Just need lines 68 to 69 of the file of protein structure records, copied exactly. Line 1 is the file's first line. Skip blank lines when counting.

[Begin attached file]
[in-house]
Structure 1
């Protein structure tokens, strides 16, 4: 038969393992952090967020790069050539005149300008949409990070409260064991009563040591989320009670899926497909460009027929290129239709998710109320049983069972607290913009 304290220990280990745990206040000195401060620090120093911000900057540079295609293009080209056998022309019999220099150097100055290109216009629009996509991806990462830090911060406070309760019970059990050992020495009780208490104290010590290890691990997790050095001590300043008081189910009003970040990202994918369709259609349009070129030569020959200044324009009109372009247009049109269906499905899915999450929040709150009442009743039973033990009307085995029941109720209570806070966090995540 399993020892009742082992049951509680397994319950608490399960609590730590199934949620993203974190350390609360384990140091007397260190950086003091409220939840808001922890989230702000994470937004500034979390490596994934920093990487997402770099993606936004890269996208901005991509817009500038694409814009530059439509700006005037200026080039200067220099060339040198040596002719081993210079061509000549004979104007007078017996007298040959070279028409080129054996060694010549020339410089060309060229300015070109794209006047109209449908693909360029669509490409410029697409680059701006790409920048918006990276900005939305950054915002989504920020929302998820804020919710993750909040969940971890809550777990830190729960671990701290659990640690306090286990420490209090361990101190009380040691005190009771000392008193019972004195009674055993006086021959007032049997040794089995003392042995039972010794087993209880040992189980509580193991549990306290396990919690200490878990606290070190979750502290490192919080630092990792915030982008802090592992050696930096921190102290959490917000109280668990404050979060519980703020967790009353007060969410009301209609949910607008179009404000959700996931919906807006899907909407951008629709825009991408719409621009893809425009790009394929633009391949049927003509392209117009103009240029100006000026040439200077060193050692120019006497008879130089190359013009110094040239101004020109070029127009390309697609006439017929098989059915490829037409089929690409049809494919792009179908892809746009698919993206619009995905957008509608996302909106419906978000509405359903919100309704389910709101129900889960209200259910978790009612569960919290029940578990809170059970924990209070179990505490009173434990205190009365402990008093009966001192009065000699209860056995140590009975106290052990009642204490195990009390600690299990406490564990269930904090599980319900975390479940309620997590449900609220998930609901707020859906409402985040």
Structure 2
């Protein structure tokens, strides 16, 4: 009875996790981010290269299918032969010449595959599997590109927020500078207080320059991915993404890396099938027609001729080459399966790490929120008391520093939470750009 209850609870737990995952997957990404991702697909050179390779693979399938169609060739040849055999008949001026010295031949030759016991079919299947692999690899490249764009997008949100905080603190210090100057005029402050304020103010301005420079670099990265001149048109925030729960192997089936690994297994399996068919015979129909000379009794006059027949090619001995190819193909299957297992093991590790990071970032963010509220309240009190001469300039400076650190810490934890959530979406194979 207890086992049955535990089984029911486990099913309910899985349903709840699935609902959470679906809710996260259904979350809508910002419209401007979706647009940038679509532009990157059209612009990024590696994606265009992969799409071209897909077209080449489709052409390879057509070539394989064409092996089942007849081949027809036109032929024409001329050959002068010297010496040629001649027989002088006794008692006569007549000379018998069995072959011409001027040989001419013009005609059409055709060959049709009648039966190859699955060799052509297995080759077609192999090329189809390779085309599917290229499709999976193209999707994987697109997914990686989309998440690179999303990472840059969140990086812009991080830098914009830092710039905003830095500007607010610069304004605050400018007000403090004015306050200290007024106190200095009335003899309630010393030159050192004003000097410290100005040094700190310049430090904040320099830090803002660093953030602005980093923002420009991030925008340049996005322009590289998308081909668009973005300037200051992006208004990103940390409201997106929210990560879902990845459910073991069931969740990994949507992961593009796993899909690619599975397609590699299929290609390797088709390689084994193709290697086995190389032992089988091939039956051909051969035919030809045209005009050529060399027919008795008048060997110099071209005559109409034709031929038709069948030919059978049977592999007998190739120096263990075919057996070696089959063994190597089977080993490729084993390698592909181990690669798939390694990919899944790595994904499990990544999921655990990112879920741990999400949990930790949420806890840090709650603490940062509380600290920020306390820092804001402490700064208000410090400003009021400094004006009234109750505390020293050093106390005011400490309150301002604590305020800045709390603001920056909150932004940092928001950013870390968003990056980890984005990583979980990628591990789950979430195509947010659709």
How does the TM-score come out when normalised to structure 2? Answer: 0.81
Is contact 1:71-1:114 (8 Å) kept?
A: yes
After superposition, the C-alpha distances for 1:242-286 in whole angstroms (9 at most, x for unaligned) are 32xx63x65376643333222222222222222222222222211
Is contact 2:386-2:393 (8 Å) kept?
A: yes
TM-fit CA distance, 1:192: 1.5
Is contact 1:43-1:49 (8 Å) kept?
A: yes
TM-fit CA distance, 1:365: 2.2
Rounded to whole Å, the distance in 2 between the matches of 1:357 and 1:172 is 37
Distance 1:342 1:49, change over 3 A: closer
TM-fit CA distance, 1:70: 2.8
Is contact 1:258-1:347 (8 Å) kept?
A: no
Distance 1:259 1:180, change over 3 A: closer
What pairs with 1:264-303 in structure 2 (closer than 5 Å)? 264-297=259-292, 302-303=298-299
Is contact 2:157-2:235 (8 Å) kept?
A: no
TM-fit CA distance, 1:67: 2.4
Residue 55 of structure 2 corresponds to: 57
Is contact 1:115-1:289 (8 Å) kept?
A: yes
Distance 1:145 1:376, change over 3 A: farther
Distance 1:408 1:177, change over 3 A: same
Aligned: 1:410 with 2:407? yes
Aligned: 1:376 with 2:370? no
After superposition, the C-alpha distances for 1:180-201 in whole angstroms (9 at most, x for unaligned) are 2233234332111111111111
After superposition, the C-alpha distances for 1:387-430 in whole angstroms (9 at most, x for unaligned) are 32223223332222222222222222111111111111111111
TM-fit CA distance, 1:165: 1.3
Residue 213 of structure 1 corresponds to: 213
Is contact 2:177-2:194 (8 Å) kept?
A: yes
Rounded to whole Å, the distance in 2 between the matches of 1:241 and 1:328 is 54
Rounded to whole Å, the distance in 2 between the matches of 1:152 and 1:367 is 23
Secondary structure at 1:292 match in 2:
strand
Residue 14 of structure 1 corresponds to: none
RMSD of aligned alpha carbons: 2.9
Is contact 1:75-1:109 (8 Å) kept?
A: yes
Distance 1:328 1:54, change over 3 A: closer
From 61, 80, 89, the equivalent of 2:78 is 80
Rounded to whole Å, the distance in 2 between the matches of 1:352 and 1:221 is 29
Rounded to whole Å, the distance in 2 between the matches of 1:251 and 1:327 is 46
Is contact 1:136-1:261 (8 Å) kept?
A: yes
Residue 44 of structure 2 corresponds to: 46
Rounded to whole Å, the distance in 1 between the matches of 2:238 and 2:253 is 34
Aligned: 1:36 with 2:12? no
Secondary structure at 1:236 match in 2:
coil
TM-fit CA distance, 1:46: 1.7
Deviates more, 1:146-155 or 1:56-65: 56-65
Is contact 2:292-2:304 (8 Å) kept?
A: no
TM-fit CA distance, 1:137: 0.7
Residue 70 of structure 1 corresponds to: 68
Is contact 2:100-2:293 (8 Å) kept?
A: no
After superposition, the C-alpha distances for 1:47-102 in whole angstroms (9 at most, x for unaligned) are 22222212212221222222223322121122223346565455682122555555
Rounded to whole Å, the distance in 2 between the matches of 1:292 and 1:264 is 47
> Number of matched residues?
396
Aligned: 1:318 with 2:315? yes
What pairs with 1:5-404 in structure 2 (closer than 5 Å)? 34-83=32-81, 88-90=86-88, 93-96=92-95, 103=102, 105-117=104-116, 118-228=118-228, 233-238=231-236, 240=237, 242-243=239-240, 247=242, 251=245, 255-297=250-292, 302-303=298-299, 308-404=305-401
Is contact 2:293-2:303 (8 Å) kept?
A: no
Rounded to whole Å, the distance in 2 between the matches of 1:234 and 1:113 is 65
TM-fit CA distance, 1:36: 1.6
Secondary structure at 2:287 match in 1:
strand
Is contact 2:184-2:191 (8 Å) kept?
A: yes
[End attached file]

> Number of matched residues?
396